That change of heart may have allowed Hwang to leverage his bets on equities. While it’s hard to say that the Archegos turmoil has created a systemic risk to the markets, it very well could moving forward.

“The Archegos drama involves a classic mix of massive leverage, concentrated positions, derivative overlays, forced deleveraging, and distressed sales,” Mohamed El-Erian, the president of Queen’s College and the chief economic advisor at Allianz, said in a LinkedIn post. “The pain has been felt so far only in a handful of stocks … What happens next depends on remaining sales and related contagion channels.”

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Robinhood is adding more customer service representatives after Congress grilled its CEO about a lack of support lines

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Co-founder and co-CEO of Robinhood Vladimir Tenev in 2016.

  • Trading app Robinhood is expanding its live customer support following a heated Congressional hearing this month. 
  • The company said it will double the number of full-time representatives this year and expand to new areas.
  • Representatives grilled Robinhood CEO Vladimir Tenev last week after a GameStop stock trading frenzy in January.
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Stock-trading app Robinhood is expanding its live phone support and doubling the number of representatives after the company’s lack of customer assistance came under fire at a Congressional hearing last week.

In a blog post Monday, Robinhood said users will have access to “a registered financial representative” by phone to help with a broader range of issues, including account security and open or recently expired options positions. It plans to expand to more situations as well, such as trading and transfer issues. 

In doubling the number of full-time registered representatives this year, the company said it will expand to new regions to support the goal. 

“We want to make sure we’re there for customers,” the company said, “especially in time-sensitive situations.”

During a Congressional hearing on February 18, Rep. Sean Casten called the Robinhood helpline and played the company’s 12-second message that ends in a hang-up to give people a sense of the support Robinhood users receive from the company. Casten also referenced a 20-year-old trader who died by suicide after the app mistakenly showed a negative balance of $730,000. He didn’t receive an answer from the company about the canceled options on the phone or via email and died by the time the company responded, his family said. 

Representatives questioned Robinhood and CEO Vladimir Tenev for five hours regarding the company’s role in a trading frenzy focused on GameStop and other “meme stocks” in January. Tenev apologized to the Kearns family during the hearing. The company, based in Menlo Park, California, was founded to make the stock market more accessible to retail investors, but Casten claimed it takes advantage of inexperienced traders.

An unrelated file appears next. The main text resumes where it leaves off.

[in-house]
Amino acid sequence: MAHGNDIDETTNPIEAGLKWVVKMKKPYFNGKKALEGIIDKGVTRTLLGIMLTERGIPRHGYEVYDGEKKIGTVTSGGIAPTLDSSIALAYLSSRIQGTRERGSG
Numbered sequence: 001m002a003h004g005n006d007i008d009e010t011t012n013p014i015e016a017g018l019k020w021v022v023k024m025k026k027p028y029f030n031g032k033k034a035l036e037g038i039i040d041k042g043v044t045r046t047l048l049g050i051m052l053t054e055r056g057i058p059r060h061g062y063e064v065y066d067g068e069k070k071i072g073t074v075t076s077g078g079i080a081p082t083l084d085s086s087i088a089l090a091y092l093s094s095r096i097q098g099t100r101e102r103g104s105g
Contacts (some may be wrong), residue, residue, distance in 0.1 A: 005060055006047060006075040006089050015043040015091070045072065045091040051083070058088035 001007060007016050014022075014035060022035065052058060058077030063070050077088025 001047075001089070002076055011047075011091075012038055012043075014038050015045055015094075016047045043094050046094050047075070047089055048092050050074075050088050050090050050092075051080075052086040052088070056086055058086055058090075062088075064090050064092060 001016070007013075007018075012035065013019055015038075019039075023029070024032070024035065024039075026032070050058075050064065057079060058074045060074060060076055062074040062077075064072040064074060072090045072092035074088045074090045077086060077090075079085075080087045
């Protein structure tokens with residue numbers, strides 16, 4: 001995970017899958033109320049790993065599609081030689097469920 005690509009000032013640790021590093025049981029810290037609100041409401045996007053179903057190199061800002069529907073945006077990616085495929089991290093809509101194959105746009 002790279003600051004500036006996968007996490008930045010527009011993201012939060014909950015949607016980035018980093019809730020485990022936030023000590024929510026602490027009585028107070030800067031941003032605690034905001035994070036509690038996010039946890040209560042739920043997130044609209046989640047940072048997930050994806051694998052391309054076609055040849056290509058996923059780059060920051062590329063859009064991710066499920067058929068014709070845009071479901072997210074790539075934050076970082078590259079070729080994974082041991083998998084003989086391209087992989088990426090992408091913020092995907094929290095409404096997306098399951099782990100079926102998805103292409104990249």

A company spokesperson declined to comment on the reasoning behind the expansion. 

“Millions of people are making their voices heard through the markets,” Robinhood said in its blog post. “We’re investing heavily in customer support and remain committed to improving to serve you.”

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Robinhood CEO says customers on the platform have reaped $35 billion in gains

Vlad Tenev
Vlad Tenev, co-founder and co-CEO of investing app Robinhood.

  • Robinhood CEO Vlad Tenev said the assets of his platform’s users have collectively grown by more than $35 billion.
  • Tenev was challenged on this point by lawmakers, who asked how that would compare if users invested their money differently. 
  • The CEO on Thursday defended the platform he founded in 2013 from lawmakers in a five-hour congressional hearing.
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Robinhood Markets CEO Vlad Tenev said in his testimony before Congress this week that the assets of his platform’s users have collectively grown by more than $35 billion. 

Tenev on Thursday defended the platform he founded in 2013 from lawmakers during the five-hour hearing in front of the House Financial Services Committee. It was the first of three planned hearings, which aim to investigate the main players at the center of the GameStop drama in January.

Rep. Jim Himes, a former Goldman Sachs banker, was not so convinced with Tenev’s claim. He argued that if Robinhood would not reveal how much its clients invested on the trading platform, then it would not be possible to calculate the return on their investments.

“You threw out the number of $35 billion,” Himes said. “I actually think the right comparison is: What if your clients had simply invested in an S&P 500 index fund? Would that number be more than $35 billion, or less?”

But Tenev said that the representative was making the wrong comparison.

“Congressman, with respect, I don’t think the right comparison is investing in an S&P 500 index fund,” the Robinhood CEO said. “I think the right comparison is not having invested at all and having instead spent that money.”

When pressed, this time, by Rep. David Kustoff, on the company’s controversial payment for order flow model, wherein customers’ trades are directed to third parties for execution, Tenev admitted that it was indeed Robinhood’s largest source of revenue.

Rep. Maxine Waters followed up with the same question on whether whose best interest it was that Robinhood was selling customers’ trades, which Tenev mostly avoided. Robinhood in December paid a $65 million penalty in December 2020 for “misleading” communications with customers around its payment for order flow practices.

The hearing scrutinized events that took place in January, when day traders organizing on Reddit drove up the share price of GameStop, initiating a “short-squeeze” on hedge funds that had been betting against the video game retailer. 

The stock went on a dizzying climb, only for it to come crashing back down following restrictions on the stock by Robinhood and other brokerages. The episode has drawn the attention of the Securities and Exchange Commission and other regulators.